Steamers came late to the upper river, the section stretching from Yichang to Chongqing. Freshets from Himalayan snowmelt created treacherous seasonal currents. But summer was better navigationally and the three gorges, described as an "150-mile passage which is like the narrow throat of an hourglass," posed hazardous threats of crosscurrents, whirlpools and eddies, creating significant challenges to steamship efforts. Furthermore, Chongqing is 700 – 800 feet above sea level, requiring powerful engines to make the upriver climb. Junk travel accomplished the upriver feat by employing 70–80 trackers, men hitched to hawsers who physically pulled ships upriver through some of the most risky and deadly sections of the three gorges. [68] Achibald John Little took an interest in Upper Yangtze navigation when in 1876, the Chefoo Convention opened Chongqing to consular residence but stipulated that foreign trade might only commence once steamships had succeeded in ascending the river to that point. Little formed the Upper Yangtze Steam Navigation Co., Ltd. and built Kuling but his attempts to take the vessel further upriver than Yichang were thwarted by the Chinese authorities who were concerned about the potential loss of transit duties, competition to their native junk trade and physical damage to their crafts caused by steamship wakes. Kuling was sold to China Merchants Steam Navigation Company for lower river service. In 1890, the Chinese government agreed to open Chongqing to foreign trade as long as it was restricted to native crafts. In 1895, the Treaty of Shimonoseki provided a provision which opened Chongqing fully to foreign trade. Little took up residence in Chongqing and built Leechuan, to tackle the gorges in 1898. In March Leechuan completed the upriver journey to Chongqing but not without the assistance of trackers. Leechuan was not designed for cargo or passengers and if Little wanted to take his vision one step further, he required an expert pilot. [69] In 1898, Little persuaded Captain Samuel Cornell Plant to come out to China to lend his expertise. Captain Plant had just completed navigation of Persia's Upper Karun River and took up Little's offer to assess the Upper Yangtze on Leechuan at the end of 1898. With Plant's design input, Little had SS Pioneer built with Plant in command. In June 1900, Plant was the first to successfully pilot a merchant steamer on the Upper Yangtze from Yichang to Chongqing. Pioneer was sold to Royal Navy after its first run due to threat from the Boxer Rebellion and renamed HMS Kinsha. Germany's steamship effort that same year on SS Suixing ended in catastrophe. On Suixing's maiden voyage, the vessel hit a rock and sunk, killing its captain and ending realistic hopes of regular commercial steam service on the Upper Yangtze. In 1908, local Sichuan merchants and their government partnered with Captain Plant to form Sichuan Steam Navigation Company becoming the first successful service between Yichang and Chongqing. Captain Plant designed and commanded its two ships, SS Shutung and SS Shuhun. Other Chinese vessels came onto the run and by 1915, foreign ships expressed their interest too. Plant was appointed by Chinese Maritime Customs Service as First Senior River Inspector in 1915. In this role, Plant installed navigational marks and established signaling systems. He also wrote Handbook for the Guidance of Shipmasters on the Ichang-Chungking Section of the Yangtze River, a detailed and illustrated account of the Upper Yangtze's currents, rocks, and other hazards with navigational instruction. Plant trained hundreds of Chinese and foreign pilots and issued licenses and worked with the Chinese government to make the river safer in 1917 by removing some of the most difficult obstacles and threats with explosives. In August 1917, British Asiatic Petroleum became the first foreign merchant steamship on the Upper Yangtze. Commercial firms, Robert Dollar Company, Jardine Matheson, Butterfield and Swire and Standard Oil added their own steamers on the river between 1917 and 1919. Between 1918 and 1919, Sichuan warlord violence and escalating civil war put Sichuan Steam Navigational Company out of business. [70] Shutung was commandeered by warlords and Shuhun was brought down river to Shanghai for safekeeping. [71] In 1921, when Captain Plant died tragically at sea while returning home to England, a Plant Memorial Fund was established to perpetuate Plant's name and contributions to Upper Yangtze navigation. The largest shipping companies in service, Butterfield & Swire, Jardine Matheson, Standard Oil, Mackenzie & Co., Asiatic Petroleum, Robert Dollar, China Merchants S.N. Co. and British-American Tobacco Co., contributed alongside international friends and Chinese pilots. In 1924, a 50-foot granite pyramidal obelisk was erected in Xintan, on the site of Captain Plant's home, in a Chinese community of pilots and junk owners. One face of the monument is inscribed in Chinese and another in English. Though recently relocated to higher ground ahead of the Three Gorges Dam, the monument still stands overlooking the Upper Yangtze River near Yichang, a rare collective tribute to a westerner in China. [72] [73]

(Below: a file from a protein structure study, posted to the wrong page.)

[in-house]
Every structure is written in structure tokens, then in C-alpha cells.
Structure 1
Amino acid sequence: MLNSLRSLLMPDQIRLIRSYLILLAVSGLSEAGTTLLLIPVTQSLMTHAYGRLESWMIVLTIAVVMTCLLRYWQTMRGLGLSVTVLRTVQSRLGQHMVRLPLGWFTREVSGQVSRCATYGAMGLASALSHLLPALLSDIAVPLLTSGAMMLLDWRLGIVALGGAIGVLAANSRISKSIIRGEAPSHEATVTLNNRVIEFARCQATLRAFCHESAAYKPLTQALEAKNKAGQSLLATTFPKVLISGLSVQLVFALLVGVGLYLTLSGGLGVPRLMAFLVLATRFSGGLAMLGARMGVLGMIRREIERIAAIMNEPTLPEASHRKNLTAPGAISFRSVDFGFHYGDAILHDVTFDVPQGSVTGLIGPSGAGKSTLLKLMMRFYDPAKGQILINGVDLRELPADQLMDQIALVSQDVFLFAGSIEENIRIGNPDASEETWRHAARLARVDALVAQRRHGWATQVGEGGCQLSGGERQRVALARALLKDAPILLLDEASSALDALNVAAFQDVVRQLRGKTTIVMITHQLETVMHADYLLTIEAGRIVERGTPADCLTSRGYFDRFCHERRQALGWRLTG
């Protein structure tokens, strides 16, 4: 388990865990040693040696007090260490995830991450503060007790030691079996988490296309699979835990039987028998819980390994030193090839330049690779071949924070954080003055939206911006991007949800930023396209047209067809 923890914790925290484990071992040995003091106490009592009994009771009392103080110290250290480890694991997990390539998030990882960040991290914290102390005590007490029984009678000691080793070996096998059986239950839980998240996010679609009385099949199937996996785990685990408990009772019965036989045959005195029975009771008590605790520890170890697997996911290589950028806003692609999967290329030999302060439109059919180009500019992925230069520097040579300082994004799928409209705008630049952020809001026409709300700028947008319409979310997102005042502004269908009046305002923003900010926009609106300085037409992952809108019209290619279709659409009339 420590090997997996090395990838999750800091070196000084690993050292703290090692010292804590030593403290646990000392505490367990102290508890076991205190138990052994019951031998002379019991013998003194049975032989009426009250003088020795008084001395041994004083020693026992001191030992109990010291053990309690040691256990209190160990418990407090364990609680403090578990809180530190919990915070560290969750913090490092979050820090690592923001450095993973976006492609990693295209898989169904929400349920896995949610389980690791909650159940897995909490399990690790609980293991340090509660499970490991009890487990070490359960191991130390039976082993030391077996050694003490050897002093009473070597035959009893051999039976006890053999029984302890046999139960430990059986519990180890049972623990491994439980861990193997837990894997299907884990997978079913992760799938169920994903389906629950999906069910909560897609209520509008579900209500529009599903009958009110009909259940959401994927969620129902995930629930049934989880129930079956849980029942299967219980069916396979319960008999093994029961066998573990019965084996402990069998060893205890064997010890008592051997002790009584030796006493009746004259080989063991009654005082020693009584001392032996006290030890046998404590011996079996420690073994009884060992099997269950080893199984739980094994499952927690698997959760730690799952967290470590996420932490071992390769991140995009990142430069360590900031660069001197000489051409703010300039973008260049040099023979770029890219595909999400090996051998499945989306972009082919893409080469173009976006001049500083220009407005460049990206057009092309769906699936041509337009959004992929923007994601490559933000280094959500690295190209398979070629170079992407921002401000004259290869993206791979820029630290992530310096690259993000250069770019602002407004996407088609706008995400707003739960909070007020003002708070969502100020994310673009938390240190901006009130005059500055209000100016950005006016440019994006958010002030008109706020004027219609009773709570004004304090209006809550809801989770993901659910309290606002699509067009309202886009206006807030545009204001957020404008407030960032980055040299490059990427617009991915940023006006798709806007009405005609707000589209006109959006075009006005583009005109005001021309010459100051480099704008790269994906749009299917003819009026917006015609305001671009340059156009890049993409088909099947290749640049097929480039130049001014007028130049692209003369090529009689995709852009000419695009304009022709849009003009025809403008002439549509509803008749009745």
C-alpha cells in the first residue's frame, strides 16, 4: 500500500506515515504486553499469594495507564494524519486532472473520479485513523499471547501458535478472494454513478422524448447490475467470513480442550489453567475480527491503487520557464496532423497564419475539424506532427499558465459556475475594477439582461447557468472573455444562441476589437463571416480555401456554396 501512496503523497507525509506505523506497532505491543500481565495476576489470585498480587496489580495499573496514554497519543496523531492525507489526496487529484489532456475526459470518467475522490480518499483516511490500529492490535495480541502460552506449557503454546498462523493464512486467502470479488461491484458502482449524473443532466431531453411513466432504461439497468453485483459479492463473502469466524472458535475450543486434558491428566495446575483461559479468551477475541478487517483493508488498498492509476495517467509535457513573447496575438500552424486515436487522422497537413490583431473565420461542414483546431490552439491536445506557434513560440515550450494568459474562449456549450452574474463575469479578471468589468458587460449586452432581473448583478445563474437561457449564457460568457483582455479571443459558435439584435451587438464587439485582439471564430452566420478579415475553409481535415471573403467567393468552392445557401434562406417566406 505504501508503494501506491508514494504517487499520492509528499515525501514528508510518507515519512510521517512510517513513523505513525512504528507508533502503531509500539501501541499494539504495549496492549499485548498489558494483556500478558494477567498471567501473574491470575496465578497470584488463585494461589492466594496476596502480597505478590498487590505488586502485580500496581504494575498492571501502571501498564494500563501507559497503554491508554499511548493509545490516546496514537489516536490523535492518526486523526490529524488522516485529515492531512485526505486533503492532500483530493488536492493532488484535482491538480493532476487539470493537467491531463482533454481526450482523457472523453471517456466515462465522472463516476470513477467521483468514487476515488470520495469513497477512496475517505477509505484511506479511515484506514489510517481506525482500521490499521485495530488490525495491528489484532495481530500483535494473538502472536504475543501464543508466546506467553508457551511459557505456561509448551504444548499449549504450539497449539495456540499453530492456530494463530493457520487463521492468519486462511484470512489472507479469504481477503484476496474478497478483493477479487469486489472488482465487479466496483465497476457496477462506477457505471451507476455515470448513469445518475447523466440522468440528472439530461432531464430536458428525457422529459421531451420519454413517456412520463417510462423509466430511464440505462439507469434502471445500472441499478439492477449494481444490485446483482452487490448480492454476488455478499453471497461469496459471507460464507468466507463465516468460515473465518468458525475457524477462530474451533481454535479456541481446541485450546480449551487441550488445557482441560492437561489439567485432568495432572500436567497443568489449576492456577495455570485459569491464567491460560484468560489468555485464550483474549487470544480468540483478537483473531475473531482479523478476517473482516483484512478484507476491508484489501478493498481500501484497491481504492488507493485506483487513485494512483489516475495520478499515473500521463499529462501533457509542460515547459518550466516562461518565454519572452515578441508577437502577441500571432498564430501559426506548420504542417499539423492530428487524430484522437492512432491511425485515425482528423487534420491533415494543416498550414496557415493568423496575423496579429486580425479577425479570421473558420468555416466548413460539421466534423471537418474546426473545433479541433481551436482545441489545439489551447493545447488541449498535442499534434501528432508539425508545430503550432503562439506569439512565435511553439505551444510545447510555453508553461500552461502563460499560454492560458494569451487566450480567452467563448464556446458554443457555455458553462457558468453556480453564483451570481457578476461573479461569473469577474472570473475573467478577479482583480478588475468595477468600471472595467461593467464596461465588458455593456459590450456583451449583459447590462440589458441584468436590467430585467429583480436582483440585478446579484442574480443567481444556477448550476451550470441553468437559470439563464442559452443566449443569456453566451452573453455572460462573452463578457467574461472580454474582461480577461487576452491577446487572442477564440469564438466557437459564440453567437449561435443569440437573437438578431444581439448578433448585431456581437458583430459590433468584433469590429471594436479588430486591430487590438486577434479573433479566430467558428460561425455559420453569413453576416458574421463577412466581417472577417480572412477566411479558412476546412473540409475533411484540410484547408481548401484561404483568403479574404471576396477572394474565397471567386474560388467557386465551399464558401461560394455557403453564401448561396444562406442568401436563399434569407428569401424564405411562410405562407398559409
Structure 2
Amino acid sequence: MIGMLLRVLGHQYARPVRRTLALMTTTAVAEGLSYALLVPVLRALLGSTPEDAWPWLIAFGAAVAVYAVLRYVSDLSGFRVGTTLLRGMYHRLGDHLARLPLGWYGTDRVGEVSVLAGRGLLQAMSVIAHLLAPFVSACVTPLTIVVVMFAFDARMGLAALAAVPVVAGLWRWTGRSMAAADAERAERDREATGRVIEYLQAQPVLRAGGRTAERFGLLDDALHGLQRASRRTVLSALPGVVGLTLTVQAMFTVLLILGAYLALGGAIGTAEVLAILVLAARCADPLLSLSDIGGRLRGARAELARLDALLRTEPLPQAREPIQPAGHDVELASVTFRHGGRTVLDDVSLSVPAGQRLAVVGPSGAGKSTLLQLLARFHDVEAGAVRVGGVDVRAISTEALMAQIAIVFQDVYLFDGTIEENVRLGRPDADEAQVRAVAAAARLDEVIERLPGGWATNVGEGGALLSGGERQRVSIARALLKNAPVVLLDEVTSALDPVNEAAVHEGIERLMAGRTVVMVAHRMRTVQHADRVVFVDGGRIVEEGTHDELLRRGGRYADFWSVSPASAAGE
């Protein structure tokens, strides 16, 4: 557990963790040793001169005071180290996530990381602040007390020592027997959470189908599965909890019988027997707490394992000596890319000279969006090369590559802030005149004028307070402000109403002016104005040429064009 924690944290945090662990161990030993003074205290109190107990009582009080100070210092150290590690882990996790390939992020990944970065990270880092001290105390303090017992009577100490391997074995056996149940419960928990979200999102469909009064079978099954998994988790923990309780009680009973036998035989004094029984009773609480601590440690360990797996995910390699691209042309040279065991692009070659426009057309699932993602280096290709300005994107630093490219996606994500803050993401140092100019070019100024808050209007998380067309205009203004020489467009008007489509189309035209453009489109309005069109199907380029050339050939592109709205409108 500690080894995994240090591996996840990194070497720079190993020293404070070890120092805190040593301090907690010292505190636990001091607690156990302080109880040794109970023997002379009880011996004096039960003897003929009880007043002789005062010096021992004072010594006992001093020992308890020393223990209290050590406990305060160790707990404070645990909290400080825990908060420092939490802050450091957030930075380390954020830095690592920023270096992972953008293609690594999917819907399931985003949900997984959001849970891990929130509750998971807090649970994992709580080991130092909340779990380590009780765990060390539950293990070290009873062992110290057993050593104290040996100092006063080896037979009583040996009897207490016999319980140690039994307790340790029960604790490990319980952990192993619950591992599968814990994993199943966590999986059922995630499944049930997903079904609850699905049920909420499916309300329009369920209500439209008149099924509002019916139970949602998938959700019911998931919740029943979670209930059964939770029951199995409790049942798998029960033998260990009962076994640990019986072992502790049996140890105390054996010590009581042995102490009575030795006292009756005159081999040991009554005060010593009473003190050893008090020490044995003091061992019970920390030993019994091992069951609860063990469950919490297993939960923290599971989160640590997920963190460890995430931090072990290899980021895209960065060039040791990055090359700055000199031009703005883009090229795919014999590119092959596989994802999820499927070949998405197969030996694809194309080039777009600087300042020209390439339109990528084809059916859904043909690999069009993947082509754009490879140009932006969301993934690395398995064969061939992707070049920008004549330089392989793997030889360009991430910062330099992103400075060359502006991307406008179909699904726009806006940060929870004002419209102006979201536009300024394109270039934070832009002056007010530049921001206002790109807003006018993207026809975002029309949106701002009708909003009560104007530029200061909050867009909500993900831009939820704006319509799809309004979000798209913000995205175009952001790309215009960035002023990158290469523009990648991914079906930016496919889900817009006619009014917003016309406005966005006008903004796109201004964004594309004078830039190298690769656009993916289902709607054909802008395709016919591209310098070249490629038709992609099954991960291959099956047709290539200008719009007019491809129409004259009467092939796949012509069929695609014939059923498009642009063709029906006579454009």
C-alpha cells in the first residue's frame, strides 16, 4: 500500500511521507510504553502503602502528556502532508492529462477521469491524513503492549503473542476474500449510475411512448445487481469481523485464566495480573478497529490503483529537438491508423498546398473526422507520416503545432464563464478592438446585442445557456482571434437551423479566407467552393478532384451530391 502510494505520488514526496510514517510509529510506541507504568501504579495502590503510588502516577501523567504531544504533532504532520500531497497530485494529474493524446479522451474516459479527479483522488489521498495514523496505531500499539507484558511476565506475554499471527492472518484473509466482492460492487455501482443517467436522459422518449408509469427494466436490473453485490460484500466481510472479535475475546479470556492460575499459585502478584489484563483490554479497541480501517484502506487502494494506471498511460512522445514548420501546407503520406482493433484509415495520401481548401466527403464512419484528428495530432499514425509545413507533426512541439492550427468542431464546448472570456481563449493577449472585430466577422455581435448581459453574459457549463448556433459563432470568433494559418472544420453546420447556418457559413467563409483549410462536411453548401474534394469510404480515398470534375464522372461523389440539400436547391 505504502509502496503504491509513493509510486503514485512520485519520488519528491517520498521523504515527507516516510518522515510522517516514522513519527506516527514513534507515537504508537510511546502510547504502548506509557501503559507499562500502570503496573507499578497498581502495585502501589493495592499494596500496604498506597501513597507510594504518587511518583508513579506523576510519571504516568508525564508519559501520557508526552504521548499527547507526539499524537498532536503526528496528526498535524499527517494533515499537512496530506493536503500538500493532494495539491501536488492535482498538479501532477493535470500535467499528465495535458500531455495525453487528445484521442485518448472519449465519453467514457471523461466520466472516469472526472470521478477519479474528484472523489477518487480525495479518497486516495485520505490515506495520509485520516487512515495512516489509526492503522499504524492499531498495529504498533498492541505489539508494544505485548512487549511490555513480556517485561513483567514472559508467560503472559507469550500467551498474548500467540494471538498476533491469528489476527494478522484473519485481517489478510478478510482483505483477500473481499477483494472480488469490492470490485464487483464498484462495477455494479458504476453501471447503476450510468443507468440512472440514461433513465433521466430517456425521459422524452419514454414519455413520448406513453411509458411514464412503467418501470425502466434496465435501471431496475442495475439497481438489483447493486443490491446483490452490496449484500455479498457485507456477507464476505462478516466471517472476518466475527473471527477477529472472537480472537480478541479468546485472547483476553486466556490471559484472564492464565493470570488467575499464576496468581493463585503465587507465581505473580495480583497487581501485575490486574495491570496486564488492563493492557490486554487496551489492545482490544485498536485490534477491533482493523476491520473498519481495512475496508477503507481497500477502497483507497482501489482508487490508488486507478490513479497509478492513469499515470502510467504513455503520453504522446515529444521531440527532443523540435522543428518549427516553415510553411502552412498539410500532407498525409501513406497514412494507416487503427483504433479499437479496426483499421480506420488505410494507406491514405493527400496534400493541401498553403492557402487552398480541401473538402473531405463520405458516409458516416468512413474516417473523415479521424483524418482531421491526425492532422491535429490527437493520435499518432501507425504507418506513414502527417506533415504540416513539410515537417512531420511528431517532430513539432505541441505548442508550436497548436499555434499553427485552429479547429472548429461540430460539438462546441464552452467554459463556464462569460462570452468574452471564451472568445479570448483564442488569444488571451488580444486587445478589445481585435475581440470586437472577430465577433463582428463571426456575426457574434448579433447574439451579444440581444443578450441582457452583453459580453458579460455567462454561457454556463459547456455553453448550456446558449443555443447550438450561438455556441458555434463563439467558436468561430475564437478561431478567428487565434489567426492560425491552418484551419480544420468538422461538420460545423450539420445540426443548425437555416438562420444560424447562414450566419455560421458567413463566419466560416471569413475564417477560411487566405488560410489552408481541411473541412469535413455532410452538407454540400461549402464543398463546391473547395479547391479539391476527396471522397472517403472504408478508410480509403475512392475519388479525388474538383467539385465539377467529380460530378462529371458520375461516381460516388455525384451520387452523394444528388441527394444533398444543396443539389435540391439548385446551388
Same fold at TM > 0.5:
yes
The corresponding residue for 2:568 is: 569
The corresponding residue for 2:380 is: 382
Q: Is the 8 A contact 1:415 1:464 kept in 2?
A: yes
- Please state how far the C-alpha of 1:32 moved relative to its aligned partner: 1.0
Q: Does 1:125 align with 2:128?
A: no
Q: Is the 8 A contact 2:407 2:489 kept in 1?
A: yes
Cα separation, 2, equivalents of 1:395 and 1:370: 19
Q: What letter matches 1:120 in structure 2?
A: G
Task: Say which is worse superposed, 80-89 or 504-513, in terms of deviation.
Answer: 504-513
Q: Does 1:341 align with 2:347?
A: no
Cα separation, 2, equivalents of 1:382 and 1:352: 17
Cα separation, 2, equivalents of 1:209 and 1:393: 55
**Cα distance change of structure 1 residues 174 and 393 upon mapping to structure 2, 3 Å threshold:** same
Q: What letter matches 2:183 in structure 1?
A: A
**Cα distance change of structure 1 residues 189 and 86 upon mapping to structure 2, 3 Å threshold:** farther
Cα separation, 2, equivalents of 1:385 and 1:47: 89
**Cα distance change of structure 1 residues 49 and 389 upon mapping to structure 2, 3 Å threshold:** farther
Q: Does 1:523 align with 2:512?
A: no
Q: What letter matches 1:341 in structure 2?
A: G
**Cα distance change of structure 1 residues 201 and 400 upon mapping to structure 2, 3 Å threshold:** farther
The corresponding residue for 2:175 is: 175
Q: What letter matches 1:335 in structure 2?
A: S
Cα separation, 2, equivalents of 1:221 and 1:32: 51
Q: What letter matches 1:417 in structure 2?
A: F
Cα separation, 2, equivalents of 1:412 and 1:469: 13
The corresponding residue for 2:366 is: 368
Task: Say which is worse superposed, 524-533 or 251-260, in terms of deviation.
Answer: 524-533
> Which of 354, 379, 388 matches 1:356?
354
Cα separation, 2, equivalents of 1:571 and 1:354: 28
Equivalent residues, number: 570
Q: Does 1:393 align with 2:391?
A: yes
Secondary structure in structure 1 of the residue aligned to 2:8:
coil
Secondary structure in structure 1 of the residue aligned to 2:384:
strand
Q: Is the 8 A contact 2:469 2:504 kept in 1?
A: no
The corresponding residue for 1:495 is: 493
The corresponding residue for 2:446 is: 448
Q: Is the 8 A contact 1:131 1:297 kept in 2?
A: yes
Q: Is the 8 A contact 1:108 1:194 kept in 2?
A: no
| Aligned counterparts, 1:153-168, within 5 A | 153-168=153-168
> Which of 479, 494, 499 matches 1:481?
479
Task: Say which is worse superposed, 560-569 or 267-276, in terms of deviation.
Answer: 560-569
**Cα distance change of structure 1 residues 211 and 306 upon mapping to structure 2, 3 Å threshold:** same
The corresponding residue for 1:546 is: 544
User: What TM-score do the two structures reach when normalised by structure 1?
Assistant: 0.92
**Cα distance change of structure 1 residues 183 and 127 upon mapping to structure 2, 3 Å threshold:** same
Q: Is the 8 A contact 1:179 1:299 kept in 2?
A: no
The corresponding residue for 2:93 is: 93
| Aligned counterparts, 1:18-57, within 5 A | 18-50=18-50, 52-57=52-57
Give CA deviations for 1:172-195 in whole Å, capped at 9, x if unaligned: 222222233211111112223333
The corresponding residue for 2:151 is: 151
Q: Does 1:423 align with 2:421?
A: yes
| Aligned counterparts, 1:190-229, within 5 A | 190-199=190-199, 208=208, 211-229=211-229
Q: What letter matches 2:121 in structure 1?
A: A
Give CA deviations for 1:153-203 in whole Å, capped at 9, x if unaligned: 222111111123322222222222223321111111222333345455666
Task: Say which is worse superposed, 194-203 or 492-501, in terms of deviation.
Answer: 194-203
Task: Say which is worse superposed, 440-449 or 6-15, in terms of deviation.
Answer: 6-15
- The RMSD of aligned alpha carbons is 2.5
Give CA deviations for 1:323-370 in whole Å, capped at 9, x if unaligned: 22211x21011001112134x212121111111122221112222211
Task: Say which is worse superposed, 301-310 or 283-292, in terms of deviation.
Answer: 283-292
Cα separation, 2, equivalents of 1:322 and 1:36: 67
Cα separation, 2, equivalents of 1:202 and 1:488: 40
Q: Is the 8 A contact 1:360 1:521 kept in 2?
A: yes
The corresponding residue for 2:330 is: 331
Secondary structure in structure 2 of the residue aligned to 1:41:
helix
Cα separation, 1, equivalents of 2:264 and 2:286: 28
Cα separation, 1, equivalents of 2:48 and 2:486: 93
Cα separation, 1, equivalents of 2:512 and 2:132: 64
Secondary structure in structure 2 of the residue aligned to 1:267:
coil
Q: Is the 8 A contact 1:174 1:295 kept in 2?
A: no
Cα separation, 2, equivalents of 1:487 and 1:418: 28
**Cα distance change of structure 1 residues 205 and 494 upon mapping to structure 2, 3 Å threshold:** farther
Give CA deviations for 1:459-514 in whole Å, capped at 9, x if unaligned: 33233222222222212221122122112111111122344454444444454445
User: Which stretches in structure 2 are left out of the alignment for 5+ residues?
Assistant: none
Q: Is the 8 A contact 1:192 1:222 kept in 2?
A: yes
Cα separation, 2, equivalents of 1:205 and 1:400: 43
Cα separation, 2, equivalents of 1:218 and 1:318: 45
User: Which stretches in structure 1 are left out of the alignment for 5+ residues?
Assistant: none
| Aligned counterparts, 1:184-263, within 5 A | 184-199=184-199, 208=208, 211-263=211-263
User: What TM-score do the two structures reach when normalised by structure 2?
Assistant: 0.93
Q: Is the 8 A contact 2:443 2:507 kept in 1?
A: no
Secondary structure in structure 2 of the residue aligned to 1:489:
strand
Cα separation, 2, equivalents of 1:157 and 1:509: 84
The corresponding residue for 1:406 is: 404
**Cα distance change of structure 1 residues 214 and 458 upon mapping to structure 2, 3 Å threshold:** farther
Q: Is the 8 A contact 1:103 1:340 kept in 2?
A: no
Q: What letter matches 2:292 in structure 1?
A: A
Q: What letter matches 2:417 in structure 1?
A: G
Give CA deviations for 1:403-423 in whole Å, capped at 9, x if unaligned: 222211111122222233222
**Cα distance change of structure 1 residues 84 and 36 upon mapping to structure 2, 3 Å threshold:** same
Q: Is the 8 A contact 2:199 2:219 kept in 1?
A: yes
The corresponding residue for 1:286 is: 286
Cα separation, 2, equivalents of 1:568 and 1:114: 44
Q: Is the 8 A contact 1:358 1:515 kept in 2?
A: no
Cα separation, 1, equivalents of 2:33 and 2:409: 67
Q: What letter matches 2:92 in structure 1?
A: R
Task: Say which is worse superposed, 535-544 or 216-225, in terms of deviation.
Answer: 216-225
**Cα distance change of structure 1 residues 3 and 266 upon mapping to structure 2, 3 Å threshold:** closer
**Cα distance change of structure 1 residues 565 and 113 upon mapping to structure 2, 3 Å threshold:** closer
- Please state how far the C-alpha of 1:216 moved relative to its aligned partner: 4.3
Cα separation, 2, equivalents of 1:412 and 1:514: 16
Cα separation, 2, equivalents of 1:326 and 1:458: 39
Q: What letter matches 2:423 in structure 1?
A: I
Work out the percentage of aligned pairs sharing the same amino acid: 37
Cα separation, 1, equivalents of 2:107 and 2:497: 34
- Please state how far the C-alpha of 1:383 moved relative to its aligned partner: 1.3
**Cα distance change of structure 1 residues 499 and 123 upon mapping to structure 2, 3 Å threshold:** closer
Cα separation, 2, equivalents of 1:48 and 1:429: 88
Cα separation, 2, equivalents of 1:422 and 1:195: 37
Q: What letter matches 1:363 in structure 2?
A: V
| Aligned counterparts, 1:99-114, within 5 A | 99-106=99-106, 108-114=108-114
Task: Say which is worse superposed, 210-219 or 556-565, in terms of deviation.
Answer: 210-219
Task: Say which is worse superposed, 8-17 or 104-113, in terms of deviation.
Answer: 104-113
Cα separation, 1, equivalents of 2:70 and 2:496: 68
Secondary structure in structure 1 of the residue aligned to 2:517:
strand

Until 1881, the India and China coastal and river services were operated by several companies. In that year, however, these were merged into the Indo-China Steam Navigation Company Ltd, a public company under the management of Jardine's. The Jardine company pushed inland up the Yangtsze River on which a specially designed fleet was built to meet all requirements of the river trade. Jardine's established an enviable reputation for the efficient handling of shipping. As a result, the Royal Mail Steam Packet Company invited the firm to attend to the Agency of their Shire Line, which operated in the Far East. Standard Oil ran the tankers Mei Ping, Mei An and Mei Hsia, which were collectively destroyed on December 12, 1937, when Japanese warplanes bombed and sank the U.S.S. Panay. One of the Standard Oil captains who survived this attack had served on the Upper River for 14 years. [74]